The big Eye has seen play at States, a number of years back. Evil Eye appeared in some UB control decks, as a way of stopping Blastoderms and other creatures arriving hastily via Fires of Yavimaya. Early in the game, it was a decent wall. Late in the game, it was a hard to kill, albeit slow, clock. Modern Standard, however, has no problem killing fat Black creatures, so I don’t see it being that strong – except against burn decks.

Faceless Butcher

Faceless Butcher has seen tournament play – but only when combined with a sacrifice outlet. Sacrificing is important, because that can trigger the “return to play” effect on top of the “remove from play” trigger. The result is that Faceless Butcher becomes a Black Swords to Plowshares, without the life gain. Faceless Butcher would have been so useful against the Kamigawa dragons, but it seems less important now.

Feldon’s Cane

Feldon’s Cane was once a win condition in Chronatog / Stasis decks, but the fifty-minute round, and the fact that Stasis was never even considered for Timeshifting, means that this is pure chaff. Thank gawd.

Funeral Charm
I wish this was Ebony Charm, but Funeral Charm is notable as a method of making an opponent discard during their draw step, so it can be relevant. It’s brutal on an Isochron Scepter, but that’s Extended. At States, it may be useful merely because it is never dead.

Gaea’s Blessing
Gaea’s Blessing is a powerful card. It can fight against Reanimator decks. It can turn off an opponent’s dredge engine. It can return your good cards from your graveyard to library. It’s a cantrip. It is also amazing with any effects that mill your library. Having Gaea’s Blessing in the format is almost a guarantee that mill decks are dead. Blessing may also enable some unusual dredge strategies.

Gaea’s Blessing made its biggest splash in Turboland decks. Turboland is gone, but some other decks designed to abuse the power of Gaea’s Blessing are sure to appear.

Gemstone Mine
Gemstone Mine is similar to Tendo Ice Bridge, and will perform the same mana-fixing duties. Like Ice Bridge, it combos quite well with the Karoo lands. Gemstone Mine is gravy on top of all the multicolored goodness. We now live in a world where solid multicolored manabases are available for the taking. It wasn’t like that in my day. You kids got it good. We had to trudge ninety miles through a blizzard just for a City of Brass – and we were happy to get it. And it was uphill. Both ways. You kids got it good.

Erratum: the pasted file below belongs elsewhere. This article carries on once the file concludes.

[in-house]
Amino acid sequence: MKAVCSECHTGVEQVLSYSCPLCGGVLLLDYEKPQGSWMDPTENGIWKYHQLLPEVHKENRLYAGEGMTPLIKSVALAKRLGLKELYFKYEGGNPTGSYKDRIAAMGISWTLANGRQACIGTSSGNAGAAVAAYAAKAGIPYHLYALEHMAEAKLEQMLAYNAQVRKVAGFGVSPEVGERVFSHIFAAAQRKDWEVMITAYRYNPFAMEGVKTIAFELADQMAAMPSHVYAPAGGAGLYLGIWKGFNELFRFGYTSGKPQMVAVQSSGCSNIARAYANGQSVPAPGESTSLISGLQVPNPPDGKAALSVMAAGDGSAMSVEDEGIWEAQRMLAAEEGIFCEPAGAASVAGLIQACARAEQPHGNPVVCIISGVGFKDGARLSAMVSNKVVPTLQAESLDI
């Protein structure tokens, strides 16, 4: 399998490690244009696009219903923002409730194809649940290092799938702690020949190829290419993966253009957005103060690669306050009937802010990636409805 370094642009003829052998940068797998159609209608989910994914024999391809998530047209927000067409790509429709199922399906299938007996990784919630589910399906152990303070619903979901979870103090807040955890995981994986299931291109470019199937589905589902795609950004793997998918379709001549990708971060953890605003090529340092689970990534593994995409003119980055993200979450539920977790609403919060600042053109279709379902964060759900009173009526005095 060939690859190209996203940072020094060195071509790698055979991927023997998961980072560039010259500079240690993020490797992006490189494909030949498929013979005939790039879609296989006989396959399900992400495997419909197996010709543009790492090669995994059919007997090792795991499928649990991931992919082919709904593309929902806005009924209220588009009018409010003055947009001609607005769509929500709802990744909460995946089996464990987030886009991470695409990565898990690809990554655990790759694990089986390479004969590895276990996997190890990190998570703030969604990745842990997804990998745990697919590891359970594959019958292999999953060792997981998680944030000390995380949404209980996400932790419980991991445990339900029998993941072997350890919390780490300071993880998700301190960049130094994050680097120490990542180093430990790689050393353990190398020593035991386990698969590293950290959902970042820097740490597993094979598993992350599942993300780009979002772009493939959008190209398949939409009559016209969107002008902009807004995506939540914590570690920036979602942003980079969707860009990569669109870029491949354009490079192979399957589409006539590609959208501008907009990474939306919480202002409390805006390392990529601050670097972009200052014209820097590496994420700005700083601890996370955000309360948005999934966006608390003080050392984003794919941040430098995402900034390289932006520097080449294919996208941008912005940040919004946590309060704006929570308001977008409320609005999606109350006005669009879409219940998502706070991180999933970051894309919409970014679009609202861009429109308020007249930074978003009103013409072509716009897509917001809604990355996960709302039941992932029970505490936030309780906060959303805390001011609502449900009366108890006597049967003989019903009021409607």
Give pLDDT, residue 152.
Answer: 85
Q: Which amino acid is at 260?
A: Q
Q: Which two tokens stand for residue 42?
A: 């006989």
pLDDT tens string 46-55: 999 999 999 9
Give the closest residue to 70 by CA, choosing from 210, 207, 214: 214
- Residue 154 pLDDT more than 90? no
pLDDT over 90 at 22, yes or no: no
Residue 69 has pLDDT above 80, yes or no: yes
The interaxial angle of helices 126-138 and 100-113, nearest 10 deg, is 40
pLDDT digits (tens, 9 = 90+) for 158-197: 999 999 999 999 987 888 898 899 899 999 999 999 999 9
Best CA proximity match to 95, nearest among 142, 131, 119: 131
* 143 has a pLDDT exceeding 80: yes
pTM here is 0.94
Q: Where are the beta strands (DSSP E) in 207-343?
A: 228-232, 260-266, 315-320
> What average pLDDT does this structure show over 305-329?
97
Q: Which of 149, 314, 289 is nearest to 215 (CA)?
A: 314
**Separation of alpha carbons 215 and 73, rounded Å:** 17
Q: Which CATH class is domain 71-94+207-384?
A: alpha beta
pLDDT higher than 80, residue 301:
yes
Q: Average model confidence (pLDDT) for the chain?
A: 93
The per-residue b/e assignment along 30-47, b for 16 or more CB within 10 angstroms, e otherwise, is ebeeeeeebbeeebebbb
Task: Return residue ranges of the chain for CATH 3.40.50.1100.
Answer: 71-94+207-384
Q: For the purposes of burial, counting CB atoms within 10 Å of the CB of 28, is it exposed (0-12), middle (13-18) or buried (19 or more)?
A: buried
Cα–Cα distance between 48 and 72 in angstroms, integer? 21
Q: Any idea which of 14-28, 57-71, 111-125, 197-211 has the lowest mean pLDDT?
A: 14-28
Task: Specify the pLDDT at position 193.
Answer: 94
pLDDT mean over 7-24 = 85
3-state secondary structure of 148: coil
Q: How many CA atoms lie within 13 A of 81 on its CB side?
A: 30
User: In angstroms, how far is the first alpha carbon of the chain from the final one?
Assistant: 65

And I have a playset of judge foil Gemstone Mines. So there.


Sorry – senility and second childhood just crashed. Senility was driving slowly, left turn signal on, in the fast lane. Second childhood was speeding and adjusting its iPod. The collision was terrible, but I’m okay now.

Grinning Totem
Again, this has seen tournament play, but in a different world. In years past, control decks played very few win conditions, and stealing one could be relevant. Now, we have split cards that do much the same thing as the Totem, and the splits are not played, either. The biggest problem is that Grinning Totem does not affect the board or your opponent’s hand. Even Muse Vessel is better – it at least doubles as discard.

Hail Storm
Green has an answer to weenie swarms – including flying weenie swarms. This, along with Sandstorm, have been sideboard cards in some greenish decks in years past. Whether this is any good depends solely on the metagame. Right now, anything that I have been testing that could run this has Elves or Birds, so I don’t see it. However, it is one more thing to consider if you are looking at White Weenie for States.

Honorable Passage
Honorable Passage has a long history of seeing sideboard play against red decks. I remember scrounging these for Ingrid’s first Counterslivers decks, and Honorable Passage had a long history at that time. It is a very, very good card – but it won’t stop a hellbent Demonfire. It also targets the creature or player being protected, so you can’t stop Pyroclasm, globally, the way you could with Shining Shoal.

Hunting Moa
Hunting Moa has seen play, mainly in the old Moa Boa deck where it pumped islandwalking regenerators. A mono-Green beatdown deck seems possible, although it may be difficult to pilot something like that through a field of combo decks, burn, and control decks with Wrath of God. Only time, and testing, will tell.

Lightning Angel

Lightning Angel last saw serious play in Star Spangled Slaughter, in the GP: Vegas Extended metagame, before that meta became dominated by Miracle-Gro and Super-Gro. Lighting Angel was both finisher and a means of keeping the weenies in check. Star Spangled Slaughter dealt with larger threats via Swords to Plowshares, counters, and Lightning Bolts. The deck was a good R/W/U aggro-control. In that environment, however, most burn spells could not kill a size four butt. Now, with Char, Skred, Psionic Blast and more, the Angel’s butt may not be big enough.